Jupiter, in contrast, has a magnetic moment 20,000 times larger than that of the earth. Since it is five times the distance from the sun, the solar wind is 25 times less dense, and the resulting distance to the subsolar point on the Jovian magnetopause is about 100 times larger than the terrestrial distance. If we could see Jupiter's magnetosphere in the night sky, it would appear larger than our moon. Even though the radius of Jupiter is 11 times that of the earth, the planet fills only a very small portion of the magnetosphere in comparison with the earth. The Jovian magnetosphere has two very important differences from the terrestrial magnetosphere. First, Jupiter rotates more rapidly and has a much stronger magnetic field so that the corotation electric field is stronger. Thus, rotational forces are much more important than at earth and the magnetospheric plasma rotates with the planet over most of the magnetosphere. Second, Jupiter has four major moons inside its magnetosphere together with a small moon and a dust ring close to the planet. The moons and dust ring can both absorb charged particles from and release charged particles to the magnetosphere. The major source of particles appears to be volcanic eruptions on the moon Io. The large size of the Jovian magnetosphere allows energetic particles to be accelerated to extremely high energies and can store large fluxes of these particles. Thus, the Jovian magnetosphere presents a radiation hazard to the spacecraft that visit Jupiter.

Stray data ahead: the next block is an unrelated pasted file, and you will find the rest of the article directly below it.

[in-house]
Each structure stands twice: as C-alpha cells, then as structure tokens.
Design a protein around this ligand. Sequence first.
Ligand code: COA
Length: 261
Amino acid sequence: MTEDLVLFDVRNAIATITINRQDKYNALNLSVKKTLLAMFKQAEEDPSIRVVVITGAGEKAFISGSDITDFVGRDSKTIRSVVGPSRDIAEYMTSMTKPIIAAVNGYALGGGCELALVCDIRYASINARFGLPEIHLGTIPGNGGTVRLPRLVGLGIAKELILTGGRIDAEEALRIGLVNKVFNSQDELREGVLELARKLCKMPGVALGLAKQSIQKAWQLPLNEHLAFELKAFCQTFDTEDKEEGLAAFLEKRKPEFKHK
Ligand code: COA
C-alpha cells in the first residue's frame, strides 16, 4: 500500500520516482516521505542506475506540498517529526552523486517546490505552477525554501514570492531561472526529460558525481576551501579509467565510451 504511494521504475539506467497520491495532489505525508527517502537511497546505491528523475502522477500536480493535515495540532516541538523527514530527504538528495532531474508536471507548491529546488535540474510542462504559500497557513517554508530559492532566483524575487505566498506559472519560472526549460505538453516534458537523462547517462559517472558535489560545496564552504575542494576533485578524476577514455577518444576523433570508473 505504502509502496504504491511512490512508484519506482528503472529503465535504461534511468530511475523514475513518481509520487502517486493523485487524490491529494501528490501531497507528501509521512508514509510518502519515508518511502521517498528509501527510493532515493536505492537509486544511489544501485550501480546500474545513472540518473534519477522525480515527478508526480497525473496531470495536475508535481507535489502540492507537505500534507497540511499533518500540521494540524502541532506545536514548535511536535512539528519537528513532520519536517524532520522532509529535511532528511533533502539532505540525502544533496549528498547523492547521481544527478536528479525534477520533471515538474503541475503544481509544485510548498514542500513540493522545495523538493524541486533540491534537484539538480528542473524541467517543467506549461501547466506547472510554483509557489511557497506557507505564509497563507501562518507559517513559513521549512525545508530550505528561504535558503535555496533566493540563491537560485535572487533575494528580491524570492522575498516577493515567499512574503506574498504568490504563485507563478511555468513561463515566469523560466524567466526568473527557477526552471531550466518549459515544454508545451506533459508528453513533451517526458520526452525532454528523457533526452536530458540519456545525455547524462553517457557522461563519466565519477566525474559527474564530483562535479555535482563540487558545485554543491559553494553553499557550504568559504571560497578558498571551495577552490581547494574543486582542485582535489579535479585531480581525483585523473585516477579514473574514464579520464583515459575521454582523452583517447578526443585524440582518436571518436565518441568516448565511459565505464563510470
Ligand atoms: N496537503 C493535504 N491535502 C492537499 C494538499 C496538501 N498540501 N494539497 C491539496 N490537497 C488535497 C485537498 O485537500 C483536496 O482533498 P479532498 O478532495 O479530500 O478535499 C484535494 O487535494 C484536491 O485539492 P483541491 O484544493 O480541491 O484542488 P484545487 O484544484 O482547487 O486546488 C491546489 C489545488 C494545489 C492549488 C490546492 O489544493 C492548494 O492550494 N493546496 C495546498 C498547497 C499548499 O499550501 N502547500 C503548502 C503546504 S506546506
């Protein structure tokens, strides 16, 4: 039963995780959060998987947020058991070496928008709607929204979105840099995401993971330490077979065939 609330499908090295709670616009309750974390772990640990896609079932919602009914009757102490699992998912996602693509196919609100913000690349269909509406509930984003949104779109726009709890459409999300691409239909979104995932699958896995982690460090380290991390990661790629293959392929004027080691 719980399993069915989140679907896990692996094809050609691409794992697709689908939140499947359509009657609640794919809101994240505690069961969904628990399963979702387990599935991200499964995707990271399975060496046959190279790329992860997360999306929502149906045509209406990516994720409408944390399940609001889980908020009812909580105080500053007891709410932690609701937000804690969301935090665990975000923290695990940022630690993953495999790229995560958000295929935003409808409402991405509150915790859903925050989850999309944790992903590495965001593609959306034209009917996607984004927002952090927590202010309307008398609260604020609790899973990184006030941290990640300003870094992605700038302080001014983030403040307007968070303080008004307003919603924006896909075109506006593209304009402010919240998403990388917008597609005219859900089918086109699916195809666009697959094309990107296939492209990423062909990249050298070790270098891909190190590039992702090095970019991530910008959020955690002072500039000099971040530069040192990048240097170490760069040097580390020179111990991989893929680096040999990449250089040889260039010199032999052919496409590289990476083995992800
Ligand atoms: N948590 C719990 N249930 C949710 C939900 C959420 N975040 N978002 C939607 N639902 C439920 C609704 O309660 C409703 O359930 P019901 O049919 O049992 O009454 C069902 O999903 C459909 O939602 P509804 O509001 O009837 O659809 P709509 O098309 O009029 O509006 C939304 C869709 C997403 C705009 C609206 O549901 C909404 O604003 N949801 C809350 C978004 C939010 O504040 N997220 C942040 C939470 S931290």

Saturn's magnetic moment, while much smaller than Jupiter's, is still 600 times larger than that of the earth. The magnetic moment of Saturn is aligned nearly along the rotation axis and thus its magnetosphere does not undergo the daily changes of shape of the terrestrial magnetosphere caused by the alternate pointing of the magnetic dipole axis more toward then more away from the sun. Saturn's magnetosphere also contains moons that are both sources and sinks of particles. The largest satellite Titan has an atmosphere but has not yet been probed closely enough to see if it has volcanoes like Io's. Saturn is famous for its extensive ring system and these rings absorb the radiation belt particles as they diffuse inward toward the planet. Thus, the energetic particle flux does not build up to the levels it does at Jupiter. The observed fluxes are in fact similar to those in the terrestrial magnetosphere.
The magnetosphere of Uranus was the subject of much speculation before the arrival of the Voyager 2 spacecraft in January 1986 because the rotational axis of Uranus is nearly in the ecliptic plane. For many years, as Uranus orbits the sun, the rotation axis points nearly at the sun. It was thought that if Uranus had an intrinsic magnetic field, the magnetic dipole axis might be nearly along this rotational axis. In this case the magnetosphere of Uranus might have its north polar cap facing the sun and its south polar cap directly away from the sun. One-quarter Uranian year later the dipole would be perpendicular to the solar direction and the magnetosphere would resemble that of the earth again. No one anticipated the actual nature of the intrinsic magnetic field of Uranus. The dipole axis was not closely aligned with the rotational axis but at an angle of 600 to it. This causes the magnetosphere to undergo large variations in orientation relative to the solar wind flow in the course of the 17-hour Uranian day, providing a complexity to magnetospheric processes that rivals the complexity of the Jovian magnetosphere.